Early Response to Adolescent and Parent Treatment (APT) in Adolescents with Anorexia Nervosa

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dc.contributor.advisor Roberts, Marion
dc.contributor.advisor Buetow, Stephen
dc.contributor.author Brandeis, Sarah Louise
dc.date.accessioned 2023-11-19T23:39:53Z
dc.date.available 2023-11-19T23:39:53Z
dc.date.issued 2023 en
dc.identifier.uri https://hdl.handle.net/2292/66592
dc.description.abstract Background: Anorexia Nervosa (AN) in adolescents is a complicated and life-threatening mental illness emaciating the body and distorting the mind. Often long-lasting and given its complexity, AN is challenging to treat. Family-Based Treatment (FBT), the most widely used and well-established adolescent treatment, predominantly focuses on weight restoration. It achieves remission – as ³95% Ideal Body Weight (IBW) – in about half the adolescents presenting with AN. The large proportion not benefitting necessitates an alternative, more effective treatment to address physical and psychological issues of the illness. Objective: Adolescent and Parent Treatment (APT) is a novel treatment combining family and individual treatment components. Although utilized in outpatient clinical settings, its effectiveness and feasibility have not been tested empirically. The present study’s overarching aim is to provide initial data on the feasibility of, and early response to, APT among adolescents with AN. Method: Twenty-one adolescent patients meeting DSM 5th Edition criteria for AN were recruited from a private eating disorder (ED) clinic in New Zealand. Anthropometrics were collected at baseline and two-month follow-up treatment. Clinical diagnosis and questionnaire data were obtained at admission from psychological measures. All patients received APT. The primary hypothesis was that participants would gain clinically significant weight by followup. The secondary hypothesis was that their weight change would be related to baseline participant questionnaire measures. Results: Twelve patients aged 15 to 18 years completed online self-report clinical questionnaires and anthropometrics. There was a statistically and clinically significant Running head: TREATMENT FOR ADOLESCENTS WITH ANOREXIA NERVOSA increase in participant’s weight from baseline (M = 51.78, SD = 4.84) to follow-up (M = 54.00, SD = 5.81), t(11) = 4.21, p = .001. The effect size was large, with a Cohen’s d of 1.83. There was a relationship between anxiety and weight change (kg), and anxiety and BMI change. Conclusion: This study provides preliminary data on the feasibility of and response to APT in a private clinic. Findings suggest APT may prove a suitable alternative to FBT for adolescent patients with AN in an outpatient setting. It also demonstrates that while weight is being restored, psychological work can simultaneously be delivered from the beginning of treatment.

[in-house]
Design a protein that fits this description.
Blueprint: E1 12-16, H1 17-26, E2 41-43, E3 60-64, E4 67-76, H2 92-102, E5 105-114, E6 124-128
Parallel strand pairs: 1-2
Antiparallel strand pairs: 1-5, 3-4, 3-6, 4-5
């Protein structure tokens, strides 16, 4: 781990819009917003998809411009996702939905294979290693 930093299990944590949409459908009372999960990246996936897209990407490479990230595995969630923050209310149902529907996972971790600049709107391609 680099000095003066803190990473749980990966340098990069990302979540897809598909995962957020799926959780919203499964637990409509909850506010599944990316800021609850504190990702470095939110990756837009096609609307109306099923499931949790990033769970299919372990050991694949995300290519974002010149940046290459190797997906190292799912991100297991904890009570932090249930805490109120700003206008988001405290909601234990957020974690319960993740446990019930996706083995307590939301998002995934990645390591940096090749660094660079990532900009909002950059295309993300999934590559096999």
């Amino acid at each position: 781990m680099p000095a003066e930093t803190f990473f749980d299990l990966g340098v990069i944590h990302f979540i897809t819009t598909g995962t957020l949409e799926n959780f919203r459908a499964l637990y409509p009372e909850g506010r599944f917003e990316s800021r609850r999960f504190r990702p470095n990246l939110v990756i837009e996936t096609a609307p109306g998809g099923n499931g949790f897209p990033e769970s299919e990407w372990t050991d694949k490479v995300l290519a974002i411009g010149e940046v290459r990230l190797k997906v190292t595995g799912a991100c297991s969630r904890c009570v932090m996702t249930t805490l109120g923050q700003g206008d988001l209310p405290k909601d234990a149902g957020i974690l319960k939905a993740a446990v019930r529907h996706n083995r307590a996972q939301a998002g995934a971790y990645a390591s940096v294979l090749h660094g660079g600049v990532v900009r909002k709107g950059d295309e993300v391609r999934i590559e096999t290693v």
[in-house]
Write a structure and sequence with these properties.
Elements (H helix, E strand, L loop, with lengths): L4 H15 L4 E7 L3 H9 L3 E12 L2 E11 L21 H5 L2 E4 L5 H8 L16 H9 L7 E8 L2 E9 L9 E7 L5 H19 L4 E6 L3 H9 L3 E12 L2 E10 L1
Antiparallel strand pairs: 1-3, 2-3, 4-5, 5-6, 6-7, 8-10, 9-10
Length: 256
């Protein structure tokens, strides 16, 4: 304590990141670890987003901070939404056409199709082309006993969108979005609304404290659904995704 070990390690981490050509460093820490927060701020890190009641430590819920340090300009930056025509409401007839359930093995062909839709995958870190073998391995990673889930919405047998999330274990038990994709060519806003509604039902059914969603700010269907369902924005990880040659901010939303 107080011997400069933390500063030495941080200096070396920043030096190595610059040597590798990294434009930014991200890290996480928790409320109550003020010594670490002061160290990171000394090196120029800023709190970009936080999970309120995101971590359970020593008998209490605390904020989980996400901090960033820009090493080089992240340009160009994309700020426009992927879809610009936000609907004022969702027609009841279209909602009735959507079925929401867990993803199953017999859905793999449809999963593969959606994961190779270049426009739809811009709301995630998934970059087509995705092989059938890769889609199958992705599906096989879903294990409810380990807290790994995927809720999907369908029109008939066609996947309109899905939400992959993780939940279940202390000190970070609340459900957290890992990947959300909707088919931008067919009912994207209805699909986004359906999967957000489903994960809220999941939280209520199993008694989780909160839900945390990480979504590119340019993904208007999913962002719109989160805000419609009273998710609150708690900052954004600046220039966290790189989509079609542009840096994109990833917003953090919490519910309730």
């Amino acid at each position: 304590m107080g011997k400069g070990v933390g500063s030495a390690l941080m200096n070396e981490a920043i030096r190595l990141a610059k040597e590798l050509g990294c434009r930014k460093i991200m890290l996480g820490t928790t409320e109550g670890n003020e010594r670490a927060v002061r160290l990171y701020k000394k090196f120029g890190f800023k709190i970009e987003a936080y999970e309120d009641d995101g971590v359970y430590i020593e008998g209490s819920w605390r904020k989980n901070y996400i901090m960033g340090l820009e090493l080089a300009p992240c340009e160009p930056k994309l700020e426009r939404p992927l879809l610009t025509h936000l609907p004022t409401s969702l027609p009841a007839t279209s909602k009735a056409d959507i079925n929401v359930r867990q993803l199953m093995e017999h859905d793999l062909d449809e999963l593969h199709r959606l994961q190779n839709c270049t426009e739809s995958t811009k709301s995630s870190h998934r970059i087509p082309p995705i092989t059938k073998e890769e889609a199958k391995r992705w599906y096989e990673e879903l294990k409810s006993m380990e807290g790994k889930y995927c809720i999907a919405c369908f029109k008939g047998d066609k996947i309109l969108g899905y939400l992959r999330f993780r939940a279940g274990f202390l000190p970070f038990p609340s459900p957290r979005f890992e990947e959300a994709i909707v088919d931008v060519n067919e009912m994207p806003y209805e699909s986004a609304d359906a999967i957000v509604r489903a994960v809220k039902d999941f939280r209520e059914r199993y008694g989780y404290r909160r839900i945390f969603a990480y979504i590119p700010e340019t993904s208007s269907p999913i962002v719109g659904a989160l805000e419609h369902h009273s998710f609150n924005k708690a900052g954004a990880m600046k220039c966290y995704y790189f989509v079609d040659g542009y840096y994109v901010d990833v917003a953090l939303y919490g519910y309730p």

dc.publisher ResearchSpace@Auckland en
dc.relation.ispartof Masters Thesis - University of Auckland en
dc.rights Items in ResearchSpace are protected by copyright, with all rights reserved, unless otherwise indicated.
dc.rights.uri https://researchspace.auckland.ac.nz/docs/uoa-docs/rights.htm en
dc.rights.uri http://creativecommons.org/licenses/by-nc-sa/3.0/nz/
dc.title Early Response to Adolescent and Parent Treatment (APT) in Adolescents with Anorexia Nervosa
dc.type Thesis en
thesis.degree.discipline Psychology
thesis.degree.grantor The University of Auckland en
thesis.degree.level Masters en
dc.date.updated 2023-11-17T18:03:25Z
dc.rights.holder Copyright: the author en
dc.rights.accessrights http://purl.org/eprint/accessRights/OpenAccess en

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